Lael Ewy

Language commentator

Lael Ewy is a co-founder and editor of EastWesterly Review, a journal of literary satire at www.postmodernvillage.com and a writer whose work has appeared in such venues as Denver Quarterly, New Orleans Review, and has been anthologized in Troubles Swapped for Something Fresh.

He provided commentary for the Wichita City Paper and journalism for Naked City.

He holds an MFA in Creative Writing and a Bachelor of General Studies from Wichita State. Lael supports his writing and reading habits as a lecturer in English at WSU and as a peer educator at WSU's Center for Community Support and Research.

He runs an unaccredited Volvo hospice and is the current caretaker of a family heirloom, a 1965 Ford Mustang.

For fun he wrestles philosophy and literary theory.

Ways to Connect

Alyson_H / flickr Creative Commons

The conflicted and often contradictory ways Americans use the word “ideology” reveals the conflicted and often contradictory ways we view ourselves.

Betty Lee/Ars Electronica / flickr

The word “disorder” gets thrown around a lot in diagnostic circles, but it rarely accurately describes what's going on.

OnWords: Momentum

Jan 29, 2013

“Momentum” is a word that we don’t usually think of as having a technical origin, even though we hear it used a lot by reporters during election season. A typical use would be something like “Senator Belfry’s campaign seems to have gained momentum following his recent speech to the Bloom County Chamber of Commerce.” There seems to be nothing technical about that.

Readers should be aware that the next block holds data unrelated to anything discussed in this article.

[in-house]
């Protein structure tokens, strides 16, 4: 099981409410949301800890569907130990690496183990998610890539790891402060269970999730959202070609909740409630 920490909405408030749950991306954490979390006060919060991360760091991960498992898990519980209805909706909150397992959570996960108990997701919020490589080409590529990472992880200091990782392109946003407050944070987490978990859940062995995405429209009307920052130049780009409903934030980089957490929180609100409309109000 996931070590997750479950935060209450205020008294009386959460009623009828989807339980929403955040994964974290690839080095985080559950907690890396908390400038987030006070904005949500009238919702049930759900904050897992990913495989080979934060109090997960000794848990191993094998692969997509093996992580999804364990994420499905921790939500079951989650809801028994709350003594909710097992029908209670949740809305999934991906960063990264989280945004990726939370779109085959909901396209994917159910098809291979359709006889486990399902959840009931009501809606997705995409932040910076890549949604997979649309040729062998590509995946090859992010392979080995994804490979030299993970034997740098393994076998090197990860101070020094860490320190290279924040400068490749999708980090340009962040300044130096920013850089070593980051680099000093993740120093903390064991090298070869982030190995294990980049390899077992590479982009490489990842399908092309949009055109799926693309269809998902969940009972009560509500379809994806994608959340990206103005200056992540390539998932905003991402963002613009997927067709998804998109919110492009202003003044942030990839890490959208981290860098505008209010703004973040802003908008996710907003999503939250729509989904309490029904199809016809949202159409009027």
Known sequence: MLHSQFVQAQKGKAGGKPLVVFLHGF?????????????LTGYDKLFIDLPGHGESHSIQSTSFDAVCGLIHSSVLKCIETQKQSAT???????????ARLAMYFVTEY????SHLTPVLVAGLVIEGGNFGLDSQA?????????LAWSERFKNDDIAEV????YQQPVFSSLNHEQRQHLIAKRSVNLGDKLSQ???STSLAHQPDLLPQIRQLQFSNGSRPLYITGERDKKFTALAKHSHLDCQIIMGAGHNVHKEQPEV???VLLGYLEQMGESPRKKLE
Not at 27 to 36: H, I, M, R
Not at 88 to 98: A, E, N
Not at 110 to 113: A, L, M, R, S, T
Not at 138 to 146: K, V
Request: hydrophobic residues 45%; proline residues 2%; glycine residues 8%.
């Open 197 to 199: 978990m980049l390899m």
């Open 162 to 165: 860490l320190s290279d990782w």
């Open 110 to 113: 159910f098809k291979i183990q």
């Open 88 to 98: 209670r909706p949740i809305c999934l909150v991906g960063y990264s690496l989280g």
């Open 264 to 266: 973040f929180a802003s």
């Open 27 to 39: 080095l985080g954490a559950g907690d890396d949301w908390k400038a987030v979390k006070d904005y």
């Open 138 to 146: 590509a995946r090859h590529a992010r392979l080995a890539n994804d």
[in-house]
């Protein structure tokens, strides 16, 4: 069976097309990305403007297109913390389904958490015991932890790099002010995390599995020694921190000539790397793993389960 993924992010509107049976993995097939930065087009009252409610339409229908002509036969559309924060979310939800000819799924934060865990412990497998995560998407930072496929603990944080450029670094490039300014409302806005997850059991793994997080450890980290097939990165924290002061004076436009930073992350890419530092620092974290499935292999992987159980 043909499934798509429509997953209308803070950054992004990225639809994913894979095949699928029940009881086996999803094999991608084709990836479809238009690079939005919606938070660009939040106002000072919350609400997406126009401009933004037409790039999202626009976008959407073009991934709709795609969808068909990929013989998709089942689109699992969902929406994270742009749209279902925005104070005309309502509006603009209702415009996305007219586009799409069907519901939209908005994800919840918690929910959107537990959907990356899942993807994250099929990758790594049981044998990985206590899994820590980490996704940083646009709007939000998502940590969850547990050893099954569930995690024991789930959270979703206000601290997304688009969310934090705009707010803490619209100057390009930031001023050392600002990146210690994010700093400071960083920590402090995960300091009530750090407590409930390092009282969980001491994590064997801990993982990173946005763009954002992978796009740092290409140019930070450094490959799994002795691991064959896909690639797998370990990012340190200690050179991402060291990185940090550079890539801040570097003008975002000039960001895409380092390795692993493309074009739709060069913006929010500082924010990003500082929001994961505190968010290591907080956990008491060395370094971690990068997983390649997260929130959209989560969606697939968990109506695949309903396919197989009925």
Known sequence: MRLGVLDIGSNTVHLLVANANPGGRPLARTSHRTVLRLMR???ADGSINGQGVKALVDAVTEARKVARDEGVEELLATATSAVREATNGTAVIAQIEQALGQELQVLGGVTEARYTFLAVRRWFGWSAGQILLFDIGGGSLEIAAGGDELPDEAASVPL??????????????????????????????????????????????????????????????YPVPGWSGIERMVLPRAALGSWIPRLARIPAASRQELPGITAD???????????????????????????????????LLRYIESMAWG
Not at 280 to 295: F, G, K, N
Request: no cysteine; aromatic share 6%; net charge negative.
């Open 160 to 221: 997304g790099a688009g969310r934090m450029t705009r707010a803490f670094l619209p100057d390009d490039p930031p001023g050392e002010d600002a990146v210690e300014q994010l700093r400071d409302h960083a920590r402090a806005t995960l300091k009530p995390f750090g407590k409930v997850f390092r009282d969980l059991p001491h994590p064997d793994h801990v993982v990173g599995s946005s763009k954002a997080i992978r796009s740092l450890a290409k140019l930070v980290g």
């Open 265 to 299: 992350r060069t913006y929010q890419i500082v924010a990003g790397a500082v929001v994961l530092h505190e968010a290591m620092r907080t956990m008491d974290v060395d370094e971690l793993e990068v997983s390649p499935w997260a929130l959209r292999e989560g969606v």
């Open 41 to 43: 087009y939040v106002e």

OnWords: Proper English

Jan 15, 2013

What we consider correct or proper English has long been bound up in class distinctions. Prior to the advent of public education, this was much more obvious than it is now. Proper English defined itself as the English used by proper people. “Real” English was the English of aristocrats, thus the phrase “The Queen's English,” which is still with us today.

But even in the supposedly classless or at least socially mobile U.S., we tend to attribute correctness to the social “winners”: educated, urban, northerners, preferably those from “old money.”

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